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Inspirational Reads

You Stay Classy, Miami

April 19, 2007

So, while we're all still either in shock or coming out of shock, there's this little bit of sunshine from the University of Miami in Florida (Miami of Ohio could NEVER be this kind of class act).

If you're so worried that you need extra security to protect against the isolated event of one madman, then why don't you just have the football team travel with you. No need to pay the extra guards when you have your own built-in arsenal ready to travel at will. We know that they can roll off the bus wearing camo and pretending to be the army. They're warriors, after all. Just ask Florida International. They know how the Hurricanes of Miami can be scrappy when backed into a corner.

What a sick, lame, pathetic institution this is.

But, you know, they're taking steps to clean it up down there. I mean, the new coach of the football squad, Randy Shannon, has put down a rule saying no more guns for players. Groundbreaking, that. And, of course, there's Donna Shalala with her hardline attitude toward players who embarass the team: suspend them for the game against Duke. Duke! Powerhouse of ACC football. Nicely done.

This just sickens me. But then, look at the source. Of all the schools in the country, I would expect something like this to come from Miami. They're clearly not living in the same reality as the rest of us. Offer condolences, sure! Oh, by the way, we'll have our armed guards deliver the flowers. Un-effing-believably pathetic.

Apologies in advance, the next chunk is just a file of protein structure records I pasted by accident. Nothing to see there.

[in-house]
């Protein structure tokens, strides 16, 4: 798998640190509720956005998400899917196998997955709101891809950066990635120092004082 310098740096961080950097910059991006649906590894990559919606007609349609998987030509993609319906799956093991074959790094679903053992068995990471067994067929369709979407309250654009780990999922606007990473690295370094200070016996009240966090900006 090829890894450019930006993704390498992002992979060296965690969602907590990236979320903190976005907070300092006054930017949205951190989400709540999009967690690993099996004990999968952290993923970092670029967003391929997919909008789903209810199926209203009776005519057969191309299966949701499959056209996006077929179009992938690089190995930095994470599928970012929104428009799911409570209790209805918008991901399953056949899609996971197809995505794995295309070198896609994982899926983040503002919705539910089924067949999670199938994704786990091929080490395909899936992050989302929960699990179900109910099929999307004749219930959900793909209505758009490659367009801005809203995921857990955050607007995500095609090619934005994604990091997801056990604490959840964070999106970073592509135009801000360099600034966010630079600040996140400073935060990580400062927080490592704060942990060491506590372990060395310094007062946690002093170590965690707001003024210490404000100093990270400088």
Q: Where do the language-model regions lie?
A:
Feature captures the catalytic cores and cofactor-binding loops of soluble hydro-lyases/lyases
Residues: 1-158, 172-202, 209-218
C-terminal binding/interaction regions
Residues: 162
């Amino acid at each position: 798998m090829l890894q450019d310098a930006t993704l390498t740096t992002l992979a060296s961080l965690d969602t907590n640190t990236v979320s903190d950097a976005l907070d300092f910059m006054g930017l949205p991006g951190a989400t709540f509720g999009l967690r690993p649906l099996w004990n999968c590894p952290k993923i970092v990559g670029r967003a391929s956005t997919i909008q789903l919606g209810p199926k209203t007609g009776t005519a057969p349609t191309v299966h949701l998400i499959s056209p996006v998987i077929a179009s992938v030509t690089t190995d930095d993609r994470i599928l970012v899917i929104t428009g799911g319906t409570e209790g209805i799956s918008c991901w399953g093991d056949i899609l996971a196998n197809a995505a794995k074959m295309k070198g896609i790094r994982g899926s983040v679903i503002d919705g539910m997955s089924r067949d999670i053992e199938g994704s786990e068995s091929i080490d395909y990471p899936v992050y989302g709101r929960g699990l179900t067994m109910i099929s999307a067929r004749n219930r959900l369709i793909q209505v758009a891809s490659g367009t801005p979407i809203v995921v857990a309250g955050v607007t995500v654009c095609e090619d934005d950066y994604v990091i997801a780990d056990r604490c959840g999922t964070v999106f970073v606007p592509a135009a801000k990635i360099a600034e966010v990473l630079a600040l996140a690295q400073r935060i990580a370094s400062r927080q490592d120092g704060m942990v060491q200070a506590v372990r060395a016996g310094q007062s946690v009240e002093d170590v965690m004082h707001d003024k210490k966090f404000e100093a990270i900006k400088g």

Precision Garage Door said...

Miami had been in a debate about security since losing Bryan Pata to an attack from a single assailant off-campus. Parents had been raising a ruckus over security, threatening lawsuits.

Virginia Tech was living in a nightmare and Miami had stirred memories of its own smaller nightmare. The appropriateness of even having a game at such an emotional time was a hot topic of debate on both campuses.

The lack of institutional response at Virginia Tech remains a topic of much anger at Virginia Tech and many at Miami are levelling the same charge against Miami's administration stating they were simply "lucky" there were no follow through deaths. Miami's security guards for the baseball team was a symbolic truce flag to concerned parents.

The football brawl with FIU was similar to three other onfield brawls last season that got little attention and you clearly don't remember them because they weren't at Miami. The more culpable players were banned for multiple games.... which was completely proportional to other school's responses. Nobody got hurt in that brawl and FIU acknowleged their players clearly purposefully instigated it. Neither coach remains employed by any college..... which is the seat of the real blame.

If the world is a simpler place for you to understand when you can have "Bad Guys" and "Good Guys" then have at it. But when you are ready to enter the ranks of thinking adults that will be a good thing.

the iNDefatigable mjenks said...

A valid point about the other fights in college football that were just as malicious as the FIU/Miami brawl. For the record, I believe the other two were Lehigh/Lafayette (who fight annually, it seems) and Dartmouth and...someone else. I can't remember who off the top of my head.